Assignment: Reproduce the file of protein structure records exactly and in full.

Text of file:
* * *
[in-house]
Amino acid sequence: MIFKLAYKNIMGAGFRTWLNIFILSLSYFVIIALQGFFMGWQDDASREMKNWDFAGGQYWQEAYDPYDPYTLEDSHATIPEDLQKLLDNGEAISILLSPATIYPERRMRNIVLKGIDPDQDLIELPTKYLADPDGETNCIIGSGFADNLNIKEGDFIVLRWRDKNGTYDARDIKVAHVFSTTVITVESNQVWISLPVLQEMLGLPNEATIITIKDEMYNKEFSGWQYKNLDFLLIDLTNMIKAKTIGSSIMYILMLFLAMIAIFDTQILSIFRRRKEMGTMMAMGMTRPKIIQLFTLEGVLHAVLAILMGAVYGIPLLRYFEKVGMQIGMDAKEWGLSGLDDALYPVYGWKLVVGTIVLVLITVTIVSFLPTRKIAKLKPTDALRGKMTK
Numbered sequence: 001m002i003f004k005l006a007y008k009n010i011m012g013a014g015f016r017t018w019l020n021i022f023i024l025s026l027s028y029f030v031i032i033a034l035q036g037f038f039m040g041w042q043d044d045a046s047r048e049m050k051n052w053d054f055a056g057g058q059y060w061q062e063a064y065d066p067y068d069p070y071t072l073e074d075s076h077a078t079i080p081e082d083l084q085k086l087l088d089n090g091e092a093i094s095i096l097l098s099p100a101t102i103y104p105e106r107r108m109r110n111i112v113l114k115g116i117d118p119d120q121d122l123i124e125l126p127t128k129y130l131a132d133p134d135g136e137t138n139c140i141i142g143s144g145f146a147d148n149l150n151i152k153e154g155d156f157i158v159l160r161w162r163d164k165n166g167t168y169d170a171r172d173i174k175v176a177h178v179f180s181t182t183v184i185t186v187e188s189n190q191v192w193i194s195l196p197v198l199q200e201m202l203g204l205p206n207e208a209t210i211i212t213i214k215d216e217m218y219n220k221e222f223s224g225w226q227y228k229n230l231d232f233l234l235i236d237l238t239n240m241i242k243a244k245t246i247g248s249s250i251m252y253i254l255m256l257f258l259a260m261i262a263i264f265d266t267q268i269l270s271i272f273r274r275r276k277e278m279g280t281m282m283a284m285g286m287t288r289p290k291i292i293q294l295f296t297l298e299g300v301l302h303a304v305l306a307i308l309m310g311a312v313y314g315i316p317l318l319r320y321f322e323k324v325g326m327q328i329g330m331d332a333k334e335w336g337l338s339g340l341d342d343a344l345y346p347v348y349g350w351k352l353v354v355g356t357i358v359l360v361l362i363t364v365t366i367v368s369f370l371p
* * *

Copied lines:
[in-house]
Amino acid sequence: MIFKLAYKNIMGAGFRTWLNIFILSLSYFVIIALQGFFMGWQDDASREMKNWDFAGGQYWQEAYDPYDPYTLEDSHATIPEDLQKLLDNGEAISILLSPATIYPERRMRNIVLKGIDPDQDLIELPTKYLADPDGETNCIIGSGFADNLNIKEGDFIVLRWRDKNGTYDARDIKVAHVFSTTVITVESNQVWISLPVLQEMLGLPNEATIITIKDEMYNKEFSGWQYKNLDFLLIDLTNMIKAKTIGSSIMYILMLFLAMIAIFDTQILSIFRRRKEMGTMMAMGMTRPKIIQLFTLEGVLHAVLAILMGAVYGIPLLRYFEKVGMQIGMDAKEWGLSGLDDALYPVYGWKLVVGTIVLVLITVTIVSFLPTRKIAKLKPTDALRGKMTK
Numbered sequence: 001m002i003f004k005l006a007y008k009n010i011m012g013a014g015f016r017t018w019l020n021i022f023i024l025s026l027s028y029f030v031i032i033a034l035q036g037f038f039m040g041w042q043d044d045a046s047r048e049m050k051n052w053d054f055a056g057g058q059y060w061q062e063a064y065d066p067y068d069p070y071t072l073e074d075s076h077a078t079i080p081e082d083l084q085k086l087l088d089n090g091e092a093i094s095i096l097l098s099p100a101t102i103y104p105e106r107r108m109r110n111i112v113l114k115g116i117d118p119d120q121d122l123i124e125l126p127t128k129y130l131a132d133p134d135g136e137t138n139c140i141i142g143s144g145f146a147d148n149l150n151i152k153e154g155d156f157i158v159l160r161w162r163d164k165n166g167t168y169d170a171r172d173i174k175v176a177h178v179f180s181t182t183v184i185t186v187e188s189n190q191v192w193i194s195l196p197v198l199q200e201m202l203g204l205p206n207e208a209t210i211i212t213i214k215d216e217m218y219n220k221e222f223s224g225w226q227y228k229n230l231d232f233l234l235i236d237l238t239n240m241i242k243a244k245t246i247g248s249s250i251m252y253i254l255m256l257f258l259a260m261i262a263i264f265d266t267q268i269l270s271i272f273r274r275r276k277e278m279g280t281m282m283a284m285g286m287t288r289p290k291i292i293q294l295f296t297l298e299g300v301l302h303a304v305l306a307i308l309m310g311a312v313y314g315i316p317l318l319r320y321f322e323k324v325g326m327q328i329g330m331d332a333k334e335w336g337l338s339g340l341d342d343a344l345y346p347v348y349g350w351k352l353v354v355g356t357i358v359l360v361l362i363t364v365t366i367v368s369f370l371p